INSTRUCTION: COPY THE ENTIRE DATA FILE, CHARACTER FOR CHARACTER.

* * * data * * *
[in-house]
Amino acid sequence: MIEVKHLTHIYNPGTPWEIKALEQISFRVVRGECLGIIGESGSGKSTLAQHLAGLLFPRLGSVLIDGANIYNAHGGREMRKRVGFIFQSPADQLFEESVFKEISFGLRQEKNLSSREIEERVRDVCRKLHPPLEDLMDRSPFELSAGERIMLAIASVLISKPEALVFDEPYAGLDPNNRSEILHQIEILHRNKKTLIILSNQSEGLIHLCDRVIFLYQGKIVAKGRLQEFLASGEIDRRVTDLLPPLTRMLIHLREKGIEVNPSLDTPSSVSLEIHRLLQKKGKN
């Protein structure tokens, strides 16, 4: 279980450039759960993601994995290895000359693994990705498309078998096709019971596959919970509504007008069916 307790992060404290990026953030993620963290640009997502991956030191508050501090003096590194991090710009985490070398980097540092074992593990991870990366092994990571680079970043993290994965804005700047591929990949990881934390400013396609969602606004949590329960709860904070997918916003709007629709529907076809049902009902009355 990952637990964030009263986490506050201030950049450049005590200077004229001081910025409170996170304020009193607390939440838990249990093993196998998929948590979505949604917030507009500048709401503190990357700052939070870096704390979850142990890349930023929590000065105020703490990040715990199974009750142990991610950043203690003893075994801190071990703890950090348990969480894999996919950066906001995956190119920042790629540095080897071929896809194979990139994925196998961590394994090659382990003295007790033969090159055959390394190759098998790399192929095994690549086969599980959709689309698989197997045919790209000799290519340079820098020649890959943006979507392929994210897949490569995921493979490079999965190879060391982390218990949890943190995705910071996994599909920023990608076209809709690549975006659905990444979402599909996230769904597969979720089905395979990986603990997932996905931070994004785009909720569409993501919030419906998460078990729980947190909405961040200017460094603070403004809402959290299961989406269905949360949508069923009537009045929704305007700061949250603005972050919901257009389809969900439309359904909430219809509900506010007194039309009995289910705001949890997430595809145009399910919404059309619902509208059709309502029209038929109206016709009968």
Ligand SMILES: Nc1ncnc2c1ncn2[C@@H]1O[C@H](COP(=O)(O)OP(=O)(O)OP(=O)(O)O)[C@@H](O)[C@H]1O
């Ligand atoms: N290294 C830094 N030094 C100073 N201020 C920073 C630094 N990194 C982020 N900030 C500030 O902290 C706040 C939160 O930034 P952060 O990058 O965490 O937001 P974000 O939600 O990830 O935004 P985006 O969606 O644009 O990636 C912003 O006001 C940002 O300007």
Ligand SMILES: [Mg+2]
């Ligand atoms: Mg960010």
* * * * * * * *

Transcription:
[in-house]
Amino acid sequence: MIEVKHLTHIYNPGTPWEIKALEQISFRVVRGECLGIIGESGSGKSTLAQHLAGLLFPRLGSVLIDGANIYNAHGGREMRKRVGFIFQSPADQLFEESVFKEISFGLRQEKNLSSREIEERVRDVCRKLHPPLEDLMDRSPFELSAGERIMLAIASVLISKPEALVFDEPYAGLDPNNRSEILHQIEILHRNKKTLIILSNQSEGLIHLCDRVIFLYQGKIVAKGRLQEFLASGEIDRRVTDLLPPLTRMLIHLREKGIEVNPSLDTPSSVSLEIHRLLQKKGKN
């Protein structure tokens, strides 16, 4: 279980450039759960993601994995290895000359693994990705498309078998096709019971596959919970509504007008069916 307790992060404290990026953030993620963290640009997502991956030191508050501090003096590194991090710009985490070398980097540092074992593990991870990366092994990571680079970043993290994965804005700047591929990949990881934390400013396609969602606004949590329960709860904070997918916003709007629709529907076809049902009902009355 990952637990964030009263986490506050201030950049450049005590200077004229001081910025409170996170304020009193607390939440838990249990093993196998998929948590979505949604917030507009500048709401503190990357700052939070870096704390979850142990890349930023929590000065105020703490990040715990199974009750142990991610950043203690003893075994801190071990703890950090348990969480894999996919950066906001995956190119920042790629540095080897071929896809194979990139994925196998961590394994090659382990003295007790033969090159055959390394190759098998790399192929095994690549086969599980959709689309698989197997045919790209000799290519340079820098020649890959943006979507392929994210897949490569995921493979490079999965190879060391982390218990949890943190995705910071996994599909920023990608076209809709690549975006659905990444979402599909996230769904597969979720089905395979990986603990997932996905931070994004785009909720569409993501919030419906998460078990729980947190909405961040200017460094603070403004809402959290299961989406269905949360949508069923009537009045929704305007700061949250603005972050919901257009389809969900439309359904909430219809509900506010007194039309009995289910705001949890997430595809145009399910919404059309619902509208059709309502029209038929109206016709009968």
Ligand SMILES: Nc1ncnc2c1ncn2[C@@H]1O[C@H](COP(=O)(O)OP(=O)(O)OP(=O)(O)O)[C@@H](O)[C@H]1O
């Ligand atoms: N290294 C830094 N030094 C100073 N201020 C920073 C630094 N990194 C982020 N900030 C500030 O902290 C706040 C939160 O930034 P952060 O990058 O965490 O937001 P974000 O939600 O990830 O935004 P985006 O969606 O644009 O990636 C912003 O006001 C940002 O300007």
Ligand SMILES: [Mg+2]
């Ligand atoms: Mg960010």